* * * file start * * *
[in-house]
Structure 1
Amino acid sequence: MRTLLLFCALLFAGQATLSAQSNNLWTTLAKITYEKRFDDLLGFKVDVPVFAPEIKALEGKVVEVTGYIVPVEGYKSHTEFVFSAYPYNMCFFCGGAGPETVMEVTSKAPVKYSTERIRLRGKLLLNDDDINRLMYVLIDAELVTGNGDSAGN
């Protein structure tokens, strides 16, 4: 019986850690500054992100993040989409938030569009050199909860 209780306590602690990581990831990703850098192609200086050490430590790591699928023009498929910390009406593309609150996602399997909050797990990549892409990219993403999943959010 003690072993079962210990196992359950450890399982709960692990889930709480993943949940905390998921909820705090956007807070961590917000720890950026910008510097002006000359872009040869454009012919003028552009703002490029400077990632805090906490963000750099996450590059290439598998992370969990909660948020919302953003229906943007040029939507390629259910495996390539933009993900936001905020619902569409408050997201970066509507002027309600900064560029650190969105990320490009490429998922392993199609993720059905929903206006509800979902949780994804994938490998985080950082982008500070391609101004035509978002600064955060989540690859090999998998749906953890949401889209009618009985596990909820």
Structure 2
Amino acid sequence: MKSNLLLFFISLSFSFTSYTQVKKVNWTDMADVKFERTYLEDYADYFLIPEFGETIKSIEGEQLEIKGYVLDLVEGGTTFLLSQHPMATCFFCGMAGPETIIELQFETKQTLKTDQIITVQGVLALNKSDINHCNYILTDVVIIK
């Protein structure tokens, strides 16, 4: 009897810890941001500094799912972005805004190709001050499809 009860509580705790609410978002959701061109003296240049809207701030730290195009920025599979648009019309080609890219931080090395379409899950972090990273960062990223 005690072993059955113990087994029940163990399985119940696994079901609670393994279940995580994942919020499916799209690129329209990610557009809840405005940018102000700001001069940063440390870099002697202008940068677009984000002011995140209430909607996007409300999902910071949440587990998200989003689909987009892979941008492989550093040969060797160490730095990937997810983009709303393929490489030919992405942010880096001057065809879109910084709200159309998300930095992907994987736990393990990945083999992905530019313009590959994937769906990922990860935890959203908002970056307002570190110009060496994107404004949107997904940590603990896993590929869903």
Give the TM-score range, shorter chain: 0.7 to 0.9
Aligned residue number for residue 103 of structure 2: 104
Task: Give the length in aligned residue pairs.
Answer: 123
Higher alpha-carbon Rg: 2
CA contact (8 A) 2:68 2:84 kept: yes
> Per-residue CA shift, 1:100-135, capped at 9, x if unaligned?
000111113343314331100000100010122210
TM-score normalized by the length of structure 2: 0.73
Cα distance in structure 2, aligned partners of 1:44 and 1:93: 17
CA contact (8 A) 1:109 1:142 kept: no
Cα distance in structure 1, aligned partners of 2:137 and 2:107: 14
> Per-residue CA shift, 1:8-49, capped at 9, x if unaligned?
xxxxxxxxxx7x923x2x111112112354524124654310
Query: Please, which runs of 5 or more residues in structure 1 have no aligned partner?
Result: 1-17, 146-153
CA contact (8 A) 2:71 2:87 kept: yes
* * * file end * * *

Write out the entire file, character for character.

[in-house]
Structure 1
Amino acid sequence: MRTLLLFCALLFAGQATLSAQSNNLWTTLAKITYEKRFDDLLGFKVDVPVFAPEIKALEGKVVEVTGYIVPVEGYKSHTEFVFSAYPYNMCFFCGGAGPETVMEVTSKAPVKYSTERIRLRGKLLLNDDDINRLMYVLIDAELVTGNGDSAGN
């Protein structure tokens, strides 16, 4: 019986850690500054992100993040989409938030569009050199909860 209780306590602690990581990831990703850098192609200086050490430590790591699928023009498929910390009406593309609150996602399997909050797990990549892409990219993403999943959010 003690072993079962210990196992359950450890399982709960692990889930709480993943949940905390998921909820705090956007807070961590917000720890950026910008510097002006000359872009040869454009012919003028552009703002490029400077990632805090906490963000750099996450590059290439598998992370969990909660948020919302953003229906943007040029939507390629259910495996390539933009993900936001905020619902569409408050997201970066509507002027309600900064560029650190969105990320490009490429998922392993199609993720059905929903206006509800979902949780994804994938490998985080950082982008500070391609101004035509978002600064955060989540690859090999998998749906953890949401889209009618009985596990909820």
Structure 2
Amino acid sequence: MKSNLLLFFISLSFSFTSYTQVKKVNWTDMADVKFERTYLEDYADYFLIPEFGETIKSIEGEQLEIKGYVLDLVEGGTTFLLSQHPMATCFFCGMAGPETIIELQFETKQTLKTDQIITVQGVLALNKSDINHCNYILTDVVIIK
């Protein structure tokens, strides 16, 4: 009897810890941001500094799912972005805004190709001050499809 009860509580705790609410978002959701061109003296240049809207701030730290195009920025599979648009019309080609890219931080090395379409899950972090990273960062990223 005690072993059955113990087994029940163990399985119940696994079901609670393994279940995580994942919020499916799209690129329209990610557009809840405005940018102000700001001069940063440390870099002697202008940068677009984000002011995140209430909607996007409300999902910071949440587990998200989003689909987009892979941008492989550093040969060797160490730095990937997810983009709303393929490489030919992405942010880096001057065809879109910084709200159309998300930095992907994987736990393990990945083999992905530019313009590959994937769906990922990860935890959203908002970056307002570190110009060496994107404004949107997904940590603990896993590929869903």
Give the TM-score range, shorter chain: 0.7 to 0.9
Aligned residue number for residue 103 of structure 2: 104
Task: Give the length in aligned residue pairs.
Answer: 123
Higher alpha-carbon Rg: 2
CA contact (8 A) 2:68 2:84 kept: yes
> Per-residue CA shift, 1:100-135, capped at 9, x if unaligned?
000111113343314331100000100010122210
TM-score normalized by the length of structure 2: 0.73
Cα distance in structure 2, aligned partners of 1:44 and 1:93: 17
CA contact (8 A) 1:109 1:142 kept: no
Cα distance in structure 1, aligned partners of 2:137 and 2:107: 14
> Per-residue CA shift, 1:8-49, capped at 9, x if unaligned?
xxxxxxxxxx7x923x2x111112112354524124654310
Query: Please, which runs of 5 or more residues in structure 1 have no aligned partner?
Result: 1-17, 146-153
CA contact (8 A) 2:71 2:87 kept: yes